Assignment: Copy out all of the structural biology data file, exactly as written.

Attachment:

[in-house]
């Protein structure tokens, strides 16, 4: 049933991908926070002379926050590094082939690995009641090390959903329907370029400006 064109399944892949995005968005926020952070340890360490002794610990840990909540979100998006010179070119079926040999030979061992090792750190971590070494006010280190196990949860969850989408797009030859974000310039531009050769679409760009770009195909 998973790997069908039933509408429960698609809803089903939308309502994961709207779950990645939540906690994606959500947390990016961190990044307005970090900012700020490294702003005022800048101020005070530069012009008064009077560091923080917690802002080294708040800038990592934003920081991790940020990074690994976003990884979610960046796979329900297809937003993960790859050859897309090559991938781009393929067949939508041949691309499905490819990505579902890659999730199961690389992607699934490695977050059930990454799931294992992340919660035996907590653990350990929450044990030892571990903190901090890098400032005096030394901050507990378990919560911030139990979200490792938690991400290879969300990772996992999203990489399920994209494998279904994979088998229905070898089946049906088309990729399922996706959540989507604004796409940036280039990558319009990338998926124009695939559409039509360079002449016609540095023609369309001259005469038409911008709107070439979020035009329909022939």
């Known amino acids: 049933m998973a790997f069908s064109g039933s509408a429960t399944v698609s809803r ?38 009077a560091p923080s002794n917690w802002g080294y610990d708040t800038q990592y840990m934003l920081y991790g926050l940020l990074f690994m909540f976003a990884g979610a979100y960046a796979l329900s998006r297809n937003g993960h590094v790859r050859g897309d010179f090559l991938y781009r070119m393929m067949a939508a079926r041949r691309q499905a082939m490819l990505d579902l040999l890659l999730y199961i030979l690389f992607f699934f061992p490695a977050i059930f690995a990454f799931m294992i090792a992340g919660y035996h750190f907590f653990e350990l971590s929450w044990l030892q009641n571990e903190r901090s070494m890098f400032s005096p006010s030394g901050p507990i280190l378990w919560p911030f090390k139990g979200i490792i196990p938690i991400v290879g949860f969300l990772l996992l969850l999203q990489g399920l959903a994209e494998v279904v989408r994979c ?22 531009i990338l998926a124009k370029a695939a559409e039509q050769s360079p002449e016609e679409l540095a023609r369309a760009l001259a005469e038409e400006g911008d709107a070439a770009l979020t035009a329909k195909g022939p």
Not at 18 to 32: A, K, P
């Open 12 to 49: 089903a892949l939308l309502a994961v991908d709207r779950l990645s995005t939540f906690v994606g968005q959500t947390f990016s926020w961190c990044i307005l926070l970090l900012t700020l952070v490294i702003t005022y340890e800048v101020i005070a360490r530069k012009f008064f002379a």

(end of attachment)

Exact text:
[in-house]
């Protein structure tokens, strides 16, 4: 049933991908926070002379926050590094082939690995009641090390959903329907370029400006 064109399944892949995005968005926020952070340890360490002794610990840990909540979100998006010179070119079926040999030979061992090792750190971590070494006010280190196990949860969850989408797009030859974000310039531009050769679409760009770009195909 998973790997069908039933509408429960698609809803089903939308309502994961709207779950990645939540906690994606959500947390990016961190990044307005970090900012700020490294702003005022800048101020005070530069012009008064009077560091923080917690802002080294708040800038990592934003920081991790940020990074690994976003990884979610960046796979329900297809937003993960790859050859897309090559991938781009393929067949939508041949691309499905490819990505579902890659999730199961690389992607699934490695977050059930990454799931294992992340919660035996907590653990350990929450044990030892571990903190901090890098400032005096030394901050507990378990919560911030139990979200490792938690991400290879969300990772996992999203990489399920994209494998279904994979088998229905070898089946049906088309990729399922996706959540989507604004796409940036280039990558319009990338998926124009695939559409039509360079002449016609540095023609369309001259005469038409911008709107070439979020035009329909022939």
């Known amino acids: 049933m998973a790997f069908s064109g039933s509408a429960t399944v698609s809803r ?38 009077a560091p923080s002794n917690w802002g080294y610990d708040t800038q990592y840990m934003l920081y991790g926050l940020l990074f690994m909540f976003a990884g979610a979100y960046a796979l329900s998006r297809n937003g993960h590094v790859r050859g897309d010179f090559l991938y781009r070119m393929m067949a939508a079926r041949r691309q499905a082939m490819l990505d579902l040999l890659l999730y199961i030979l690389f992607f699934f061992p490695a977050i059930f690995a990454f799931m294992i090792a992340g919660y035996h750190f907590f653990e350990l971590s929450w044990l030892q009641n571990e903190r901090s070494m890098f400032s005096p006010s030394g901050p507990i280190l378990w919560p911030f090390k139990g979200i490792i196990p938690i991400v290879g949860f969300l990772l996992l969850l999203q990489g399920l959903a994209e494998v279904v989408r994979c ?22 531009i990338l998926a124009k370029a695939a559409e039509q050769s360079p002449e016609e679409l540095a023609r369309a760009l001259a005469e038409e400006g911008d709107a070439a770009l979020t035009a329909k195909g022939p």
Not at 18 to 32: A, K, P
């Open 12 to 49: 089903a892949l939308l309502a994961v991908d709207r779950l990645s995005t939540f906690v994606g968005q959500t947390f990016s926020w961190c990044i307005l926070l970090l900012t700020l952070v490294i702003t005022y340890e800048v101020i005070a360490r530069k012009f008064f002379a």